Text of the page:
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Organelles in Eukaryotic Cells

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Organelles in Eukaryotic Cells Plant and animal cells are both eukaryotes. They contain several types of organelle within the cytoplasm and these organelles each have a distinctive shape and size. Many organelles are present in all eukaryotic cells, although the number that a specific cell contains depends on its function. Each organelle has a particular job allocated to it, so by having various organelles in each cell there is division of labour and the cell can perform its function efficiently. For example, cells needing lots of energy contain many mitochondria and cells that synthesise very actively need a very extensive endoplasmic reticulum and many golgi bodies. The nucleus is the most obvious structure in a eukaryotic cell; it is usually spherical and about 10�m across. One of its major functions is to act as a control centre for the activities of the cell. Virtually all eukaryotic cells have a nucleus (red blood cells lose theirs and so are enucleate for most of their life-span). It is surrounded by the nuclear envelope, which is a double membrane consisting of two lipid bilayers. The nuclear envelope contains a large number of perforations called nuclear pores. These are about 100 nm across and control the exchange of materials between the nucleus and the cytoplasm. Contained within the nuclear envelope is the nucleolus and DNA. DNA is a complex molecule and carries the information which the cell needs to divide and carry out its cellular processes. ...read more.


Phospholipids are made up of fatty acids, glycerol and phosphate, and make fresh membrane by attaching themselves to the inner side of the membrane and flipping inwards. They provide a waterproof layer as they are made out of lipids, which are hydrophobic. Smooth ER also contains enzymes for detoxifying chemicals, including drugs and pesticides and it acts as a storage site for calcium in skeletal muscle cells. It is extensive in cells that secrete steroid hormones and is involved in the detoxification of urea in the liver. When smooth ER is broken into small pieces, it reseals into vesicles, called microsomes. Once lipids and proteins have been made in the endoplasmic reticulum, they pass to the golgi apparatus in 'transport vesicles.' Golgi apparatus are only found in animal cells. The golgi apparatus is a stack of flattened, membranous sacs that are important in packaging macromolecules for transport elsewhere in the cell. Numerous smaller vesicles containing these packaged macromolecules surround the stack. The enzymatic or hormonal contents of lysosomes, peroxisomes and secretory vesicles are packaged in membrane-bound vesicles at the periphery of the golgi apparatus. When proteins and lipids reach the golgi body they first pass through the cis-golgi network, which returns any wrongly exported proteins or lipids back to the endoplasmic reticulum. Proteins and lipids that aren't returned pass through the stack of cisternae. This stack of cisternae has a very large surface area for chemical reactions. ...read more.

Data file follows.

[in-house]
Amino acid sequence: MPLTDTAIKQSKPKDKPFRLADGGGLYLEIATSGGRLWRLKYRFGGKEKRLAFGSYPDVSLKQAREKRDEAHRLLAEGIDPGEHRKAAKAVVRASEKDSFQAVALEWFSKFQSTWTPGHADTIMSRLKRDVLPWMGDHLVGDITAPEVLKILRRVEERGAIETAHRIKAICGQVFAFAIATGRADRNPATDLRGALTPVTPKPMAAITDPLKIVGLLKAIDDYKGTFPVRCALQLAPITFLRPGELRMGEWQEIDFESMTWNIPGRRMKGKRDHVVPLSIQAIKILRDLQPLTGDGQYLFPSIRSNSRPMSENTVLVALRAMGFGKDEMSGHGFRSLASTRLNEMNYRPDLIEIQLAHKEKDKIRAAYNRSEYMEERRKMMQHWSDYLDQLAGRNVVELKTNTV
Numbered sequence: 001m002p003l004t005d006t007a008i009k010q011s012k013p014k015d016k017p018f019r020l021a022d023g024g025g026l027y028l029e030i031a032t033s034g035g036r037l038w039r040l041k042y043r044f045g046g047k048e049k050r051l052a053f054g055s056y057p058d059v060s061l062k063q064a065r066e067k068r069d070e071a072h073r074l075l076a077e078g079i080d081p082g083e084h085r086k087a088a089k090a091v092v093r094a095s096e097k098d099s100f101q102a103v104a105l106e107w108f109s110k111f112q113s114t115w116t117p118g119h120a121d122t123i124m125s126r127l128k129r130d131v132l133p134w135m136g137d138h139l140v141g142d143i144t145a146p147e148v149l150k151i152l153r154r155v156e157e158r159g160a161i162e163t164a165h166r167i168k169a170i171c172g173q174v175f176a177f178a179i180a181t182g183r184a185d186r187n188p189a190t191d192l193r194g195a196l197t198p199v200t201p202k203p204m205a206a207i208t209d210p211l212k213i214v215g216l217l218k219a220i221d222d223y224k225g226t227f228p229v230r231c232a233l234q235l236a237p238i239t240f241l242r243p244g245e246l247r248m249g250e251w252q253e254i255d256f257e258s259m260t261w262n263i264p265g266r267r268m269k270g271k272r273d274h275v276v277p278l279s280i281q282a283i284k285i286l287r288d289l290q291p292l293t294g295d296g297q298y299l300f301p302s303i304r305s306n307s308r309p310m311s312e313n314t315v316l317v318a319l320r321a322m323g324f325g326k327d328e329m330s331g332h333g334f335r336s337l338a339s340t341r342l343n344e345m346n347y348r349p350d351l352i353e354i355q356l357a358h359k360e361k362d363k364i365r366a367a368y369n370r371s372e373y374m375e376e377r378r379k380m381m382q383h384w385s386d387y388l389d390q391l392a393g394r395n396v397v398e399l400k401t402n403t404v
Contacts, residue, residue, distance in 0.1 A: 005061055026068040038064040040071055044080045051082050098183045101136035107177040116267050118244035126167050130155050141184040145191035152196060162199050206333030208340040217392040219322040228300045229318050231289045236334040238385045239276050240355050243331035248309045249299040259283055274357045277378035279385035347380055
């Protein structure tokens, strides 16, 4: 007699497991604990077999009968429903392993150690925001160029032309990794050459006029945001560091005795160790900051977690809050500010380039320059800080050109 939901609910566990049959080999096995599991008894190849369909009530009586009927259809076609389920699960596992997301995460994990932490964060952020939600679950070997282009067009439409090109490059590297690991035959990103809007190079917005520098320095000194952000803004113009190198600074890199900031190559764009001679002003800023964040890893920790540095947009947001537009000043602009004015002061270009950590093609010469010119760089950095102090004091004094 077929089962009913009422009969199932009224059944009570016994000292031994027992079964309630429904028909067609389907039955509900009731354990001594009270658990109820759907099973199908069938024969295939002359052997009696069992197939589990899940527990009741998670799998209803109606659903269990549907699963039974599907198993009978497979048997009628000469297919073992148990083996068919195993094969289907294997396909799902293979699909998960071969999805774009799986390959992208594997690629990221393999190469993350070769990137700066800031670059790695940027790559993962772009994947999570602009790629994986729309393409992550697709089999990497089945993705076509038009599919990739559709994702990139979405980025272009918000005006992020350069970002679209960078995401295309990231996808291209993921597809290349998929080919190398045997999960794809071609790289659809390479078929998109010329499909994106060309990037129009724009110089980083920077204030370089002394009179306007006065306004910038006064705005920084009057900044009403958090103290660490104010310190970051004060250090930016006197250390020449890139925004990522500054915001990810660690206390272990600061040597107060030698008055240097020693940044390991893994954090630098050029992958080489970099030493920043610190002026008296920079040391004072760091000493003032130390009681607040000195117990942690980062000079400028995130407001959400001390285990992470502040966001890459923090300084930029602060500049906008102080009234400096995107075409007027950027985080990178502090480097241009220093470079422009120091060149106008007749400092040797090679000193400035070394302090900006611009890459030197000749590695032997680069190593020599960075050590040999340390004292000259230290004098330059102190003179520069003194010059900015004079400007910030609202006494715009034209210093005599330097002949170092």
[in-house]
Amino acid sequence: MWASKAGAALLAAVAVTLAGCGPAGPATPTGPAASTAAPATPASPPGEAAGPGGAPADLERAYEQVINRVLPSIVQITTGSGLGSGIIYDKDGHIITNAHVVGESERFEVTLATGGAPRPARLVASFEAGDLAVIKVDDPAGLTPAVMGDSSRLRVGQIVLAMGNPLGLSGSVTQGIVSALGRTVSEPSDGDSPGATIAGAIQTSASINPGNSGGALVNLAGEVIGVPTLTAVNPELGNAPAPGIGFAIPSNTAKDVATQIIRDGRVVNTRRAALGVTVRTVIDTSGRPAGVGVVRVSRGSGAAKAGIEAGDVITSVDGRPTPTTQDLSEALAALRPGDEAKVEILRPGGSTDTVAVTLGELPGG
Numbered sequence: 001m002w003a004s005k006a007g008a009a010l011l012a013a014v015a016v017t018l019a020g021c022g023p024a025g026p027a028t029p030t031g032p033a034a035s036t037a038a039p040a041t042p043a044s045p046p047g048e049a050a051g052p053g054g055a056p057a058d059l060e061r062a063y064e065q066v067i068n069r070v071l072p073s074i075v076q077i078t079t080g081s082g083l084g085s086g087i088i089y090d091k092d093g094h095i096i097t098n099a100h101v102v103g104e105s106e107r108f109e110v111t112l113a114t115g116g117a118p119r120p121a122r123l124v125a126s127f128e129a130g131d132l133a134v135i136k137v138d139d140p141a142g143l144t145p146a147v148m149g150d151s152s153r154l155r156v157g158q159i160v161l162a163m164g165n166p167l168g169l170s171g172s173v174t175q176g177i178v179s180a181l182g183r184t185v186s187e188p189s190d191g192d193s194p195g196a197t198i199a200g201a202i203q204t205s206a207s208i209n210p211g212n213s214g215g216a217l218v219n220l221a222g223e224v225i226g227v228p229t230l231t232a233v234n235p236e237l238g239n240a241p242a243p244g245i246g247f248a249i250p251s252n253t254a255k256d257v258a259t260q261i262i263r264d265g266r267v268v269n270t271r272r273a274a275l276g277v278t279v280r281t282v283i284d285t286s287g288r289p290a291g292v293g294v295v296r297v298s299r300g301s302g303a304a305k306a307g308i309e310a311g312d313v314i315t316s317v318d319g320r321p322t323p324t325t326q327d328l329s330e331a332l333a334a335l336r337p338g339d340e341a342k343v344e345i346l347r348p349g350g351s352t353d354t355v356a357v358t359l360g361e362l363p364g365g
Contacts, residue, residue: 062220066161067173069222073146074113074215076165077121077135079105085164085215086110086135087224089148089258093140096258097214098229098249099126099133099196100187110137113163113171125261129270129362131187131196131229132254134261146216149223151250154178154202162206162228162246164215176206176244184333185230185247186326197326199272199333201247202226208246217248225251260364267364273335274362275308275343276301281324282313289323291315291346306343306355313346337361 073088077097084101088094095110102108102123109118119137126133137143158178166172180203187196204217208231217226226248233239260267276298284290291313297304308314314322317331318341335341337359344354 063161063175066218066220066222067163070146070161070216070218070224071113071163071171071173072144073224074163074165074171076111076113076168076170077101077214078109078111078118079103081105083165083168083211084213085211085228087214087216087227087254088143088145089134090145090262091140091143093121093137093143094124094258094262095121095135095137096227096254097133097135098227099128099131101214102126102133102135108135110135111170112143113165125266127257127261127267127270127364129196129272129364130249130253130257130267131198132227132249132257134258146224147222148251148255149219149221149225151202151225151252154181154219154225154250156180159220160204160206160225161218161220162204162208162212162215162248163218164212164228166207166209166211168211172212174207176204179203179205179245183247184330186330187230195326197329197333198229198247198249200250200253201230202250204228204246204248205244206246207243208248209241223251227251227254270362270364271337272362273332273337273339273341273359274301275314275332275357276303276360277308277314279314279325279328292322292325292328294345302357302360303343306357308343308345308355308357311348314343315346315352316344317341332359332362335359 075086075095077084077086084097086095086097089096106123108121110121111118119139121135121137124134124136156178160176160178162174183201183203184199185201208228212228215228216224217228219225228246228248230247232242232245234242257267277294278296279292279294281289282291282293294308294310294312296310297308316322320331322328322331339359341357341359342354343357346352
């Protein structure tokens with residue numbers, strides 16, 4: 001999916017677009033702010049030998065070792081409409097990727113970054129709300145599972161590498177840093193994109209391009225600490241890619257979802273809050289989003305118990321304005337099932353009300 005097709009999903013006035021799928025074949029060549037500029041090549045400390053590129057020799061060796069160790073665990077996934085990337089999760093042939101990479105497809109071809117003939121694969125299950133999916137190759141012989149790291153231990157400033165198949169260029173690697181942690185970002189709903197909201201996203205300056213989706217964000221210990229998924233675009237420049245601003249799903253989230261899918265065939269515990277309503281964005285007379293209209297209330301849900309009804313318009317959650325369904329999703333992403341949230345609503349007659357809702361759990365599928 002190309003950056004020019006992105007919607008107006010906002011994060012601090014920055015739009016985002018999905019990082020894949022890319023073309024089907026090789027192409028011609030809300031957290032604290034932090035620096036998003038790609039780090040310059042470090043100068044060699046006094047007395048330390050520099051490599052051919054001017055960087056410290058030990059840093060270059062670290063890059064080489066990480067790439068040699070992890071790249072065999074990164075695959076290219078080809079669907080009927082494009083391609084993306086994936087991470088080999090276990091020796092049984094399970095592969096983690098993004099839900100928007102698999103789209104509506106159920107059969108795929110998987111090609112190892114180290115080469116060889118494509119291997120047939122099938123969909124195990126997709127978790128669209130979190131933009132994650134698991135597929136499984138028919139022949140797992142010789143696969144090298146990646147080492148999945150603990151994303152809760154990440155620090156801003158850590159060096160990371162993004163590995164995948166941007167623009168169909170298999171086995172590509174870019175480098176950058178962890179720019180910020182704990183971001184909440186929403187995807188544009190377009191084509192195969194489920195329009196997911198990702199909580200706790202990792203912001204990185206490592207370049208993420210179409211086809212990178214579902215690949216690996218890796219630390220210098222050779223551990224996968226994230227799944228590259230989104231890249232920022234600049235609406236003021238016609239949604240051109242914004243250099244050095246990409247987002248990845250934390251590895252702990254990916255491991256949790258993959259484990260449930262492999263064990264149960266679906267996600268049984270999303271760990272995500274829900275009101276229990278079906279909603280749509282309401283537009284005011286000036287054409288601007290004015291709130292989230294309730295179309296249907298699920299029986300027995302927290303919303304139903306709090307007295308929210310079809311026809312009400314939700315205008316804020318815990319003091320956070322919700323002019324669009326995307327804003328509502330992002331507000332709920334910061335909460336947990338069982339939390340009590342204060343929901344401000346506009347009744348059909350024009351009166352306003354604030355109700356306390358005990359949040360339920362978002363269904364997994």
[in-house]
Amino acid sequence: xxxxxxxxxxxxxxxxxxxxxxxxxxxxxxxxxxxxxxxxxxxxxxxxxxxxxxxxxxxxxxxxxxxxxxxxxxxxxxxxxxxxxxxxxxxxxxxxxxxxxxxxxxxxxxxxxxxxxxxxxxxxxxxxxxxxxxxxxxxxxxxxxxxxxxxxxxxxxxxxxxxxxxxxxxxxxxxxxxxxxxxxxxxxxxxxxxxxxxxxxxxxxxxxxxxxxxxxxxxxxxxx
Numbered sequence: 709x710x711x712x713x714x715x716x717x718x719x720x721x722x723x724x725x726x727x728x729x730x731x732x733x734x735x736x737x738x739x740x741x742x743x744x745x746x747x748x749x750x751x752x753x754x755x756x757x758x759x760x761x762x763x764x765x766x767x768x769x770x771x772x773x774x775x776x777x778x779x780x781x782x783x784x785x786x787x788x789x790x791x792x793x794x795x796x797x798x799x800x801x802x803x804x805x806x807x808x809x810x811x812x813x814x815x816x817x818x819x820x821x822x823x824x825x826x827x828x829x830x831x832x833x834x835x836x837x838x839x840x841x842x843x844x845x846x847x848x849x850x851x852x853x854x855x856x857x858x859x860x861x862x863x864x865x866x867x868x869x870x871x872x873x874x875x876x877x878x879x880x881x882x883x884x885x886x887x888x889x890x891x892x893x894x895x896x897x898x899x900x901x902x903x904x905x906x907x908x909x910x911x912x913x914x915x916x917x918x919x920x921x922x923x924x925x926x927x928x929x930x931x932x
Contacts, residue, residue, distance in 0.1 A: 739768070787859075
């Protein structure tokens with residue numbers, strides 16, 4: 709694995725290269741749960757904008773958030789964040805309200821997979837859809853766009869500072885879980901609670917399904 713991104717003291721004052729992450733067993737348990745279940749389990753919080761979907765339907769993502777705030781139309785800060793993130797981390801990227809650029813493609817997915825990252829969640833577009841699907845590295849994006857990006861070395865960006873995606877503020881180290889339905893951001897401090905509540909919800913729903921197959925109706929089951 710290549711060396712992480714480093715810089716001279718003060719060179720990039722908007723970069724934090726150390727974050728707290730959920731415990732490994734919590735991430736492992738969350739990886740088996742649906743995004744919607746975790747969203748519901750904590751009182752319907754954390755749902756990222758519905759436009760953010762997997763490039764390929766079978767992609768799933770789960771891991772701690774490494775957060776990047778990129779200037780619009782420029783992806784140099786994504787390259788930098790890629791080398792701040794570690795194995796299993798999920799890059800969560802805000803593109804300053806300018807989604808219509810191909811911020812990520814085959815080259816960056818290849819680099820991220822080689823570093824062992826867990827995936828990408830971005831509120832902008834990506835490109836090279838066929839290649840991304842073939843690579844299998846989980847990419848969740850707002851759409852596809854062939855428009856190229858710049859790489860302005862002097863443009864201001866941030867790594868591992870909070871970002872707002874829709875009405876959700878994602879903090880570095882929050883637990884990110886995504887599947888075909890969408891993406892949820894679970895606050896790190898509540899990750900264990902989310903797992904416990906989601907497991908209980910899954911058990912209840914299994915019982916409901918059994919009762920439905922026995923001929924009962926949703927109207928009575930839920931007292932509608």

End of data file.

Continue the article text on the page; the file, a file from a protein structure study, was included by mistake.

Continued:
These are about 1mm high and 0.08mm in diameter. Some cells have only a few microvilli on their surface but others such as the absorptive epithelial cells in the gut and cells lining nephrons in the kidney can have several thousand on their surface. A greater surface area allows the increased passage of nutrients across the cell membrane so absorption can take place at a faster rate. The core of microvilli contains a group of actin microfilaments that run along their length. Actin is a type of protein and it helps provide a skeletal core to maintain the structure of the microvillus. The filaments can also contract to help speed up absorption. On the outside surface of the microvillus is a glycoprotein containing coat which is known as the glycocalyx. The glycoproteins of the glycocalyx include enzymes which are important for the final breakdown of nutrients prior to their absorption by the cell. Each organelle has a very specific structure, which enables it to carry out its function. Although each organelle has a different structure, there are several common features. Most organelles are enclosed within a membrane to control exchange of material between it and the cytoplasm. Organelles that are designed to carry out chemical reactions try to ensure that they have the maximum surface area for these reactions to take place on. Although each organelle in a eukaryotic cell has a separate function, organelles are very interdependent and work together so that many tasks can be performed at once. If organelles start failing to function then a cell will no longer be able to carry out the processes it needs to survive. ...read more.

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